Canucks Weekly Fares: Edmonton Series Underway and Abby Call-ups

By: Brayden Fengler / May 13, 2024  

Another Sweet, Sweet Come Back

On Wednesday the day finally came, game one of round two. After what felt like a decade of slinging mud at Oilers fans, fans on both sides actually had some hockey to watch. There was one major key that every talking head in Vancouver mentioned for the Canucks to have success. Don’t take penalties. The Oilers’ powerplay was 45% coming into the second round.

As strong as the Canucks’ PK had been lately, you simply cannot give the Oilers’ chances with the man advantage if you expect to be competitive in this series.

The Canucks came onto the ice as massive underdogs in the series ready to show the world what they are capable of. And what do the Canucks do best? Take too many men penalties.

The Canucks got assessed a bench minor only 40 seconds into the game putting the Canucks on the penalty kill early and the Oilers made them pay. Zack Hyman, the guy famous for scoring from 18 inches in front of the net, found himself all alone in front of the net (?) and opened the series scoring on the second shot.

This is going just how the Canucks drew it up!

A few minutes later Conor Garland was sprung on a breakaway and Stuart Skinner was able to make a save to keep the Oilers up a goal early.

Metias Ekholm scored next in the final five minutes of the first after Ian Cole decided to make maybe the worst defensive play he could (for now). Cole decided to make an indirect pass off the boards to Leon Draisaitl.

Ian Cole would redeem himself in later in the game, with an assist on Dakota Joshua’s goal to bring the game back within one. Joshua has now opened the scoring for Vancouver in both game ones.

While we’re talking about it, the goal scorers had an interesting tangle together with Ekholm’s stick getting wedged into Joshua’s helmet. There was no call on the play, which was probably right, but that doesn’t mean I like it.

Cody Ceci almost put a puck in his own net, but luckily for him, the puck stayed out. On the breakout, Ian Cole touches the pass with a high stick. But it wasn’t blown dead because he couldn’t touch the puck again, instead, the Oilers broke in with control and Cody Ceci got on the board by putting the puck off of Cole’s leg.

If Cole touches that puck again after the high stick, the whistle blows. Or if he simply lets it pass him, the break-in looks very different. Instead, he settles the puck and allows the Oilers to gain the zone with control and eventually score by redirecting the shot off of his leg.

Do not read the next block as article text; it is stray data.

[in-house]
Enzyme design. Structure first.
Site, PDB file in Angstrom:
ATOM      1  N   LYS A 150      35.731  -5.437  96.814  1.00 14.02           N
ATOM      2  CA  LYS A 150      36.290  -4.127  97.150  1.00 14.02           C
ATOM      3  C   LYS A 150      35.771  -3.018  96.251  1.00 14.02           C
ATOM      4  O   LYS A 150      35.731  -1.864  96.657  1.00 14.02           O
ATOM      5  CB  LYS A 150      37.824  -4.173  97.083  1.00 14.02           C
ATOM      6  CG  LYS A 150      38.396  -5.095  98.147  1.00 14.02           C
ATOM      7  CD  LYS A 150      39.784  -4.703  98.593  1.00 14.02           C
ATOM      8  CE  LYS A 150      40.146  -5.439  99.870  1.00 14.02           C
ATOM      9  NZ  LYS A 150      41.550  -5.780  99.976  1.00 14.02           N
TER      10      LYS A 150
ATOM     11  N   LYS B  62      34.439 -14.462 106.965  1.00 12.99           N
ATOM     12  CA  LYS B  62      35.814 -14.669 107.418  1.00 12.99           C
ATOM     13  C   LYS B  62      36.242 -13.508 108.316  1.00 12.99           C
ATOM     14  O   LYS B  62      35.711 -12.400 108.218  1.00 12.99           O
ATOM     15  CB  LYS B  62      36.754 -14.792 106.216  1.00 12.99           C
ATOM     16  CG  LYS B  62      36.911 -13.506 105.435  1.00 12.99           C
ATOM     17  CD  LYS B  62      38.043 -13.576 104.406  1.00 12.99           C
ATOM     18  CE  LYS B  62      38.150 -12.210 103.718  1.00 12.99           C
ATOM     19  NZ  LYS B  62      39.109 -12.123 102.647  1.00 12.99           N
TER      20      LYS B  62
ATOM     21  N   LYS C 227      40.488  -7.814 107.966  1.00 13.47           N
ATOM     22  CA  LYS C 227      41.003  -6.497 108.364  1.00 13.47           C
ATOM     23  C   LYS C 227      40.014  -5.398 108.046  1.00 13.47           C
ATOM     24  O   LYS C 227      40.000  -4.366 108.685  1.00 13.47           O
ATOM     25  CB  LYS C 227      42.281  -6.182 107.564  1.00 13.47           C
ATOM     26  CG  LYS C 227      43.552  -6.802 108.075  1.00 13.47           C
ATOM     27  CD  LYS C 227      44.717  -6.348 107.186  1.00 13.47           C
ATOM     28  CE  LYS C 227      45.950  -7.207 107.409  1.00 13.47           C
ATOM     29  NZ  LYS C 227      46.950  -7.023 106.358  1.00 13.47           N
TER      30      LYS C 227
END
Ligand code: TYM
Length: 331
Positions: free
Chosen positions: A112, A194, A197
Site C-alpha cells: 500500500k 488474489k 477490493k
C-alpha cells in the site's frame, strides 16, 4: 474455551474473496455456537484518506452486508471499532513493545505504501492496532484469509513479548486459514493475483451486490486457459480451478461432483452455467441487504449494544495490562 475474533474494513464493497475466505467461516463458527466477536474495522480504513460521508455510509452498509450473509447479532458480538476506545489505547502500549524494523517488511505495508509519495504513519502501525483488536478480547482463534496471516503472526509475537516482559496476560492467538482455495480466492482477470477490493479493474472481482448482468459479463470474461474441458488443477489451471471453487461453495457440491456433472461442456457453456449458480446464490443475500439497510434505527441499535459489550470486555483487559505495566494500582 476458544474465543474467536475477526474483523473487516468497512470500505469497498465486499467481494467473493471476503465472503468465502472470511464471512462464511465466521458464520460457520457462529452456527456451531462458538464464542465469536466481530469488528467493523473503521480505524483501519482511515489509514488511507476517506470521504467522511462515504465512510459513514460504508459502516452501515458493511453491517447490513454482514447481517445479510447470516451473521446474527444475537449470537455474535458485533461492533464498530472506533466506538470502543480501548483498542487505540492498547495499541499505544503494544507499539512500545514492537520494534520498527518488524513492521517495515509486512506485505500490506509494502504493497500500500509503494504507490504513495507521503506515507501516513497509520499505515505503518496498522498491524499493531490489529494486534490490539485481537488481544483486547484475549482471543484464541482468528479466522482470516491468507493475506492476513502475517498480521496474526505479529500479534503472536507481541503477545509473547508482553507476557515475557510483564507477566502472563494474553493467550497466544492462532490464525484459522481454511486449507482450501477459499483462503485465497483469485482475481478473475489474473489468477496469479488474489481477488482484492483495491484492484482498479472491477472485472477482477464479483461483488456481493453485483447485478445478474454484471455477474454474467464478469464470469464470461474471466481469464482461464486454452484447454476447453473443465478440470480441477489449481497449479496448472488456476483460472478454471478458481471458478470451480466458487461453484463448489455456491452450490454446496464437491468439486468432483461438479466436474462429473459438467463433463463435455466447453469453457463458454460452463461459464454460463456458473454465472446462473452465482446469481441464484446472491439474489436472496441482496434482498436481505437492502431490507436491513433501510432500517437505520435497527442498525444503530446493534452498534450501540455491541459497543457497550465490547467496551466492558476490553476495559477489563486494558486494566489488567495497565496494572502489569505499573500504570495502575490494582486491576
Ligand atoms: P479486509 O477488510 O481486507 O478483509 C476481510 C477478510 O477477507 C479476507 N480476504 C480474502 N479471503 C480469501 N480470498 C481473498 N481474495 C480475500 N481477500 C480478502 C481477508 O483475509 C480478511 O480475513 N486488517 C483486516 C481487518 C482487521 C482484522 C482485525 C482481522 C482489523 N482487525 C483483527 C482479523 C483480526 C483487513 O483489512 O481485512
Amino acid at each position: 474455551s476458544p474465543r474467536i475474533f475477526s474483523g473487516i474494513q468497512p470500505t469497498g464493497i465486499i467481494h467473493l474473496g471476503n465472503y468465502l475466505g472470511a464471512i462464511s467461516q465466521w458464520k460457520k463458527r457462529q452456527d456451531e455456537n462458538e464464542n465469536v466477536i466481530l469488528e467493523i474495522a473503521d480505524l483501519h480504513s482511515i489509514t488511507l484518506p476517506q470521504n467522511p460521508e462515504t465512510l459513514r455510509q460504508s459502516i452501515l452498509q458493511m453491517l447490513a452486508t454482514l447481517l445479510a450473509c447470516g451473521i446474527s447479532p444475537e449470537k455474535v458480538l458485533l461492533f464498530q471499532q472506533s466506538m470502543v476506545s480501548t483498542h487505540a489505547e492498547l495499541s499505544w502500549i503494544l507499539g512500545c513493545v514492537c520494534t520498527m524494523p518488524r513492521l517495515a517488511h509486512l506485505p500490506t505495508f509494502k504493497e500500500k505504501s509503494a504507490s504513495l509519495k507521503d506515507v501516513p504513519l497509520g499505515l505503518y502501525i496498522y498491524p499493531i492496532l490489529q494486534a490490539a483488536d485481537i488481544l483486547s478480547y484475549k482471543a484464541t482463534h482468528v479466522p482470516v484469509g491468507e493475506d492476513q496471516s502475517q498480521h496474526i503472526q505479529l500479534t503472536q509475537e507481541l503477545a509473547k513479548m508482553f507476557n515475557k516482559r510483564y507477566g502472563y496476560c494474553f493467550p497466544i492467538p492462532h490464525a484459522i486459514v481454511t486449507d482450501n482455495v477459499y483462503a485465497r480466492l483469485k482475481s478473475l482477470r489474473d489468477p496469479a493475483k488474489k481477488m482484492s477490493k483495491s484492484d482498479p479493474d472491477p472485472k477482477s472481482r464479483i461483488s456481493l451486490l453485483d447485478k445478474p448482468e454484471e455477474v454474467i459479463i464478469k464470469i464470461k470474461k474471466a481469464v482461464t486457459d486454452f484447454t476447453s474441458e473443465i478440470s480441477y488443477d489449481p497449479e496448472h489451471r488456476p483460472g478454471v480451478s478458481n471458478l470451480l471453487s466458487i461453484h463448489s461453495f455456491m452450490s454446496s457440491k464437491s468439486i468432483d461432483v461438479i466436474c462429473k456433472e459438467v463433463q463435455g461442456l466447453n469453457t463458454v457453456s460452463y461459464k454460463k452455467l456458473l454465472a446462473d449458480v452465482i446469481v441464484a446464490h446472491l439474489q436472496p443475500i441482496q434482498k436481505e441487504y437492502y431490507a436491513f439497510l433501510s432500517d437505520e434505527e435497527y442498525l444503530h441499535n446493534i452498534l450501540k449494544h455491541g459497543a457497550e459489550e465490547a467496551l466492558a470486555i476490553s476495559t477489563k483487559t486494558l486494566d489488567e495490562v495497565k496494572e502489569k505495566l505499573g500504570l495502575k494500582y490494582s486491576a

This was shaping up to be a tough one for Cole.

Later Hyman scored an awkward goal to put the Oilers up 4-1, but this is where it gets fun for us.

Elias Lindholm kicks off the comeback with a strange goal off of Stuart Skinner’s own stick from being the net. 4-2 Oilers.

JT Miller scored to bring the game within one which can only be described as magic. Miller glitches the game physics to score a tip-in goal three feet to the left of the goal, on the goal line. I still don’t understand how this works, but whatever, you can see it here.

Witchcraft. It must be.


Zadorov streaking down the left side let a one-time shot that caused the police to show up to Rogers Arena citing a noise complaint all the way from Mission.

Zadorov is quickly becoming the most important piece of off-season business this team has to deal with after the playoffs. He has been unstoppable in this playoff run.

Garland scored with 5:35 to give the Canucks their first lead of the game after getting Skinner to bite on a fake shot.

The Canucks are making new folk heroes right in front of our eyes. The Canucks would lock it down and win the game 5-4 after being down 4-1 in the second period.

What might be more impressive than the comeback itself is the Canucks only allowed 18 shots on net, 10 in the first, four in the second and four in the third period. Even more outstanding is McDavid didn’t register a single shot on goal for the first time in his playoff career. If you were smart, you bet the over on McDavid’s shot totals for game two.

Also worth noting is that Draisaitl missed a significant period in the game with an apparent back injury. The team would say it was cramping and equipment issues, but he missed practice the next day.

Officiating Woes in Game 2

The Canucks were riding high off of a massive comeback victory over the Oilers in game one. In their final game at home before flying off to Edmonton, Vancouver looked to use their remaining home ice advantage to go up 2-0 in the series.

The game started out strong for both teams, with each club having its fair share of offensive zone chances and a respectable quantity of shots on the net. However, it took the special teams of both clubs for the first goals of the game.

Ryan Nugent-Hopkins took a tripping call against Nikita Zadorov, which gave the Canucks their first power play, and on said power play Elias Pettersson scored a goal. Yes, you are reading this right. Pettersson broke his playoff goalless slump by putting his team up early on the Powerplay.

Pettersson’s goal was a spitting image of the wide-open empty net shot that he missed in game 2 of the first round. So it was great not only to see him score, but to do so by converting on an opportunity eerily similar to one of his biggest blunders of the postseason so far.

Just over five minutes later, however, Leon Draisaitl earned his club their first goal of the game on the powerplay, and the frame ended tied at one.

The Canucks’ first even-strength goal came less than a minute into the second frame thanks to a well-placed tip by Brock Boeser off of a Carson Soucy shot.

The second period is also when the game began to unravel for the Canucks however, starting with their luck in regards to missed calls by the officials.